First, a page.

Ethiopia + 8 more

U.S. Congress set to cut Africa emergency food aid

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WASHINGTON, Feb 13 (Reuters) - African countries facing severe food shortages will get additional food aid from the United States, but less than half of what was originally sought in Congress and what aid groups say is needed.
The money for food aid was part of a $397 billion spending bill -- which will fund virtually every area of the U.S. government except the Pentagon -- set to be voted on Thursday by the House of Representatives and on Friday by the Senate.

The United States typically provides at least half of the food aid needed, and often much more, in foreign food emergencies.

As many as 40 million Africans are threatened with starvation because of drought, flooding and political upheavals. Food shortages that have plagued six southern African countries since last year have spread more recently to Ethiopia, Eritrea and other nations on the continent.

In January the Senate approved $500 million in emergency food assistance for Africa, $100 million less than leading Democrats had been seeking based on projected needs.

But during negotiations this week, the two chambers agreed to provide only $250 million in additional aid through September 2004.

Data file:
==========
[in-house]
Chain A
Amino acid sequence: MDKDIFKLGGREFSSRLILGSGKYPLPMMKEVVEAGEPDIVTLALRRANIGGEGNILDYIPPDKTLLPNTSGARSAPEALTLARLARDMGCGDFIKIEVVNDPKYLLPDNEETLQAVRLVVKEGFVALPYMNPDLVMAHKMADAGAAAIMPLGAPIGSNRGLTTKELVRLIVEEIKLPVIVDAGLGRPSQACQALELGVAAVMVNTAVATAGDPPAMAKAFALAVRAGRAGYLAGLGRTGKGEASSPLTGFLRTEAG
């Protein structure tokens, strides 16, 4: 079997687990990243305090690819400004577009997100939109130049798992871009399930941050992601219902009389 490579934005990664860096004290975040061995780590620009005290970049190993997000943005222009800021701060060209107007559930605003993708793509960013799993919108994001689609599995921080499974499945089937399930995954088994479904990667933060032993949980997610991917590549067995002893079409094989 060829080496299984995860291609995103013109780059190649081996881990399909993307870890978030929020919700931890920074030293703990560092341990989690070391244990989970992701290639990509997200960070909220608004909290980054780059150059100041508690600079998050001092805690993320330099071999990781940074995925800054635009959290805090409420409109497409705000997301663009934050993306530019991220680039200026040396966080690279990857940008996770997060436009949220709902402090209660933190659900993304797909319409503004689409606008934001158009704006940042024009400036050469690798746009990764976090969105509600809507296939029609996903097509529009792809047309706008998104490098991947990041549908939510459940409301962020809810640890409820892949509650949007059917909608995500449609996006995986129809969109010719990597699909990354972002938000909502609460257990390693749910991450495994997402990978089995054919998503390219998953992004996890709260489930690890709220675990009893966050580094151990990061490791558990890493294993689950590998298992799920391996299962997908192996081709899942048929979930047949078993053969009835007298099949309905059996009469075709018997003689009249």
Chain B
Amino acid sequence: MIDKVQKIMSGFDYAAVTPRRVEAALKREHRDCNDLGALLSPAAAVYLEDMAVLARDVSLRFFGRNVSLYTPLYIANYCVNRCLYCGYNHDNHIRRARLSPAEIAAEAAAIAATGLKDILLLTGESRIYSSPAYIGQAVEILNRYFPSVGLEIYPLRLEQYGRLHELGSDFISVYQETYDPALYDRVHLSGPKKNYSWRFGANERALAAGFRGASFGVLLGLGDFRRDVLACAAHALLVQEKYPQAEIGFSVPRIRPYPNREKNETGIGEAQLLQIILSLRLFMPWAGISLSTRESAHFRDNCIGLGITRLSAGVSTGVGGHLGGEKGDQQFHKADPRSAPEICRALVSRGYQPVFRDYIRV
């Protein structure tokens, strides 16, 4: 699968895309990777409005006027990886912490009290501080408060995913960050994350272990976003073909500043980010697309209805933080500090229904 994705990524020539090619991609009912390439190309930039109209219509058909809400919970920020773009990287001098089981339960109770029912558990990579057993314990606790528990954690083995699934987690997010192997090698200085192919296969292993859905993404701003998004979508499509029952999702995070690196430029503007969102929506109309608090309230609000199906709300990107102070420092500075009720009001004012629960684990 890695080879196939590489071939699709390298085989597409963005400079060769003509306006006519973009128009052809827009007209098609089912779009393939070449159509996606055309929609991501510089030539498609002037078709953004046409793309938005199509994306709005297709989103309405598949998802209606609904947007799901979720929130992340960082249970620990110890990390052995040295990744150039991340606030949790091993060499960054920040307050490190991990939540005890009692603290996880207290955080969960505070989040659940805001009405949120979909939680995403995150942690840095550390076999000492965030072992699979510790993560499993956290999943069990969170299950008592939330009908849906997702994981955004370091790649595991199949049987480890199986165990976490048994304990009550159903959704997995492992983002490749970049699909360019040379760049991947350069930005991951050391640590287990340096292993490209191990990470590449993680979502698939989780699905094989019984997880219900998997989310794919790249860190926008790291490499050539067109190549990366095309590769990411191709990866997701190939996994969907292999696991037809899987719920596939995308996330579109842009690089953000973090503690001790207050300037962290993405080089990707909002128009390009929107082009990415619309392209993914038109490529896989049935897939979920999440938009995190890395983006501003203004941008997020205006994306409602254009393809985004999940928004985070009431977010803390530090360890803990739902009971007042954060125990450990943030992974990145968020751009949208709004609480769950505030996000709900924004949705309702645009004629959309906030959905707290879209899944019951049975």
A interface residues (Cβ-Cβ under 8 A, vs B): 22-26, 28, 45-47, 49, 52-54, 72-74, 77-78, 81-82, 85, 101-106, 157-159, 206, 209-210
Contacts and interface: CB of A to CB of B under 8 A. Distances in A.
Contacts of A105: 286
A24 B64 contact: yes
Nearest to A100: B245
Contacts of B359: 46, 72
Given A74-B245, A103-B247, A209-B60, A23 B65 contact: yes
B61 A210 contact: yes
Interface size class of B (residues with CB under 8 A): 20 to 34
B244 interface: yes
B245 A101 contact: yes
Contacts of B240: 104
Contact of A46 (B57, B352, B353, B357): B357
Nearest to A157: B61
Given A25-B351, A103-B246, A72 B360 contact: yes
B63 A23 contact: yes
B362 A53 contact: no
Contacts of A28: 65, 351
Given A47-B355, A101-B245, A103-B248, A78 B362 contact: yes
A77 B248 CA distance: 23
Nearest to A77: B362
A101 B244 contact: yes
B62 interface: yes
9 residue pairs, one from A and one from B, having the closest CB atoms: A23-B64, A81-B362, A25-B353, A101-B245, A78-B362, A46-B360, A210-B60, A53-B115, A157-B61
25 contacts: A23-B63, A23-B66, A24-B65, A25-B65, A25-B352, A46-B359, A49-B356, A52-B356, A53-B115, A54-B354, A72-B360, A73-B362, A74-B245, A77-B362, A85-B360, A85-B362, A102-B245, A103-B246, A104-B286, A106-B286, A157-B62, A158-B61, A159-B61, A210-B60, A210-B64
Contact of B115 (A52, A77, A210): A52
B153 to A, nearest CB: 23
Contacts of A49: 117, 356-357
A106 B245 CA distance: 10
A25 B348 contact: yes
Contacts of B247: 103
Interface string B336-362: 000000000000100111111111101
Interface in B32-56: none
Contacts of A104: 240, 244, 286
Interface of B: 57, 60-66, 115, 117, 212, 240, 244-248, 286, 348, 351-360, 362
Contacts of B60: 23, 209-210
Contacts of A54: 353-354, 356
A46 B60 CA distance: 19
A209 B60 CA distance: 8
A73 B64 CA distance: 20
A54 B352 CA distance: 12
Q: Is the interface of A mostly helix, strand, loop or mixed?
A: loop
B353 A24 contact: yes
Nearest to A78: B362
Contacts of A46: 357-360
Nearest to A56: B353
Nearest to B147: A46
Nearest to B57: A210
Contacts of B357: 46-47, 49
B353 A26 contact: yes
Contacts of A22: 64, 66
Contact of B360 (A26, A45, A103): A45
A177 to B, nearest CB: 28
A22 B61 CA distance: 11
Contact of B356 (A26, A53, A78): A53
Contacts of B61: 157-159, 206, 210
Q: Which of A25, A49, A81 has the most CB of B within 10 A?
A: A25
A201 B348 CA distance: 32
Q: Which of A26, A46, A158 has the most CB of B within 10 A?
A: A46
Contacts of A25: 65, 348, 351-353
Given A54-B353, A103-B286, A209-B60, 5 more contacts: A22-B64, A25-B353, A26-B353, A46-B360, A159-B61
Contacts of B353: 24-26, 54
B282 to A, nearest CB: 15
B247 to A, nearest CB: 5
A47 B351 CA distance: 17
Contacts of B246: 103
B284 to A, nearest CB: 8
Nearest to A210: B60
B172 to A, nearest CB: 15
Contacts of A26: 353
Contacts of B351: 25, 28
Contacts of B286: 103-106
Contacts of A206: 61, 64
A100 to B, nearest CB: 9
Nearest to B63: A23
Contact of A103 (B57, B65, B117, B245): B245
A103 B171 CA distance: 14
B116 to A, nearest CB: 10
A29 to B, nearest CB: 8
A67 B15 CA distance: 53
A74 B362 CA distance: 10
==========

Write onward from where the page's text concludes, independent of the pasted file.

"It will help save thousands of lives. We may have to go back for more'' money, said Sen. Bill Nelson, the Florida Democrat who pushed the funding through the Senate.

In December, the Washington-based Coalition for Food Aid estimated that $600 million to $778 million in additional funds would be needed for the United States to be provide half of the food aid required for Africa.

Ellen Levinson, executive director of the coalition, said that anything less than $500 million in additional funding for Africa would mean cutting food and other nutrition programs in Latin America and Africa.

The food aid money will be channeled to the government's PL-480 program, which provides for donations and shipping of U.S. agriculture commodities. Donations typically include basic foods such as grains.

Lawmakers were under heavy pressure from the White House to keep a lid on spending in this massive spending bill. But in the end, the bill's price tag rose more than $12 billion over the spending limit that President George W. Bush had originally demanded.

Much of the added money was sought by Bush for military operations in Afghanistan and U.S. intelligence programs.

Reuters - Thomson Reuters Foundation
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